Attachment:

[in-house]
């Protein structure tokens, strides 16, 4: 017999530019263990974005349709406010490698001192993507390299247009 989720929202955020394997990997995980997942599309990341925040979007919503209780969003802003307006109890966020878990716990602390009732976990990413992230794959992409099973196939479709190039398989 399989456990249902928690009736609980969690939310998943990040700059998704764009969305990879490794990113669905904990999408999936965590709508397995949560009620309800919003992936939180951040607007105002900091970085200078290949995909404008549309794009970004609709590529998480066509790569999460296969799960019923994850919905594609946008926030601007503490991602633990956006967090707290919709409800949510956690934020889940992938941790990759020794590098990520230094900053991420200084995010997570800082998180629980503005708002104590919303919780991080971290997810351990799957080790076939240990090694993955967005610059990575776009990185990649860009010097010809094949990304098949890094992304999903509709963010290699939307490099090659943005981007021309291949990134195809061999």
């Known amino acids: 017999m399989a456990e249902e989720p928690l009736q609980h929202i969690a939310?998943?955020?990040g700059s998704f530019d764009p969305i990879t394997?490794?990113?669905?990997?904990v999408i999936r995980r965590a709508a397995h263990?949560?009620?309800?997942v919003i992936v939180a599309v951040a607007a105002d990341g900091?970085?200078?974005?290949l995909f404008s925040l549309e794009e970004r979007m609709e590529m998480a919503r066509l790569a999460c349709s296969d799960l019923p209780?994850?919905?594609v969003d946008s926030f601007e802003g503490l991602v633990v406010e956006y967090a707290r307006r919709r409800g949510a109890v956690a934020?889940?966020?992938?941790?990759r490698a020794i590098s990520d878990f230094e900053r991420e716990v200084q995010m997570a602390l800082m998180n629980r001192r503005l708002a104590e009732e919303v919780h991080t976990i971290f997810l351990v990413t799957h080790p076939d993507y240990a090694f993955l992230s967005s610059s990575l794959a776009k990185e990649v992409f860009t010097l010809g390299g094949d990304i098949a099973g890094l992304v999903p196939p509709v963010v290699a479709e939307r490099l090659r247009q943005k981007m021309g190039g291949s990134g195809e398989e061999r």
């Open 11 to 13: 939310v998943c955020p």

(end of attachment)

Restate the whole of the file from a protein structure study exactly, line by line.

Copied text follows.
[in-house]
């Protein structure tokens, strides 16, 4: 017999530019263990974005349709406010490698001192993507390299247009 989720929202955020394997990997995980997942599309990341925040979007919503209780969003802003307006109890966020878990716990602390009732976990990413992230794959992409099973196939479709190039398989 399989456990249902928690009736609980969690939310998943990040700059998704764009969305990879490794990113669905904990999408999936965590709508397995949560009620309800919003992936939180951040607007105002900091970085200078290949995909404008549309794009970004609709590529998480066509790569999460296969799960019923994850919905594609946008926030601007503490991602633990956006967090707290919709409800949510956690934020889940992938941790990759020794590098990520230094900053991420200084995010997570800082998180629980503005708002104590919303919780991080971290997810351990799957080790076939240990090694993955967005610059990575776009990185990649860009010097010809094949990304098949890094992304999903509709963010290699939307490099090659943005981007021309291949990134195809061999």
């Known amino acids: 017999m399989a456990e249902e989720p928690l009736q609980h929202i969690a939310?998943?955020?990040g700059s998704f530019d764009p969305i990879t394997?490794?990113?669905?990997?904990v999408i999936r995980r965590a709508a397995h263990?949560?009620?309800?997942v919003i992936v939180a599309v951040a607007a105002d990341g900091?970085?200078?974005?290949l995909f404008s925040l549309e794009e970004r979007m609709e590529m998480a919503r066509l790569a999460c349709s296969d799960l019923p209780?994850?919905?594609v969003d946008s926030f601007e802003g503490l991602v633990v406010e956006y967090a707290r307006r919709r409800g949510a109890v956690a934020?889940?966020?992938?941790?990759r490698a020794i590098s990520d878990f230094e900053r991420e716990v200084q995010m997570a602390l800082m998180n629980r001192r503005l708002a104590e009732e919303v919780h991080t976990i971290f997810l351990v990413t799957h080790p076939d993507y240990a090694f993955l992230s967005s610059s990575l794959a776009k990185e990649v992409f860009t010097l010809g390299g094949d990304i098949a099973g890094l992304v999903p196939p509709v963010v290699a479709e939307r490099l090659r247009q943005k981007m021309g190039g291949s990134g195809e398989e061999r």
């Open 11 to 13: 939310v998943c955020p």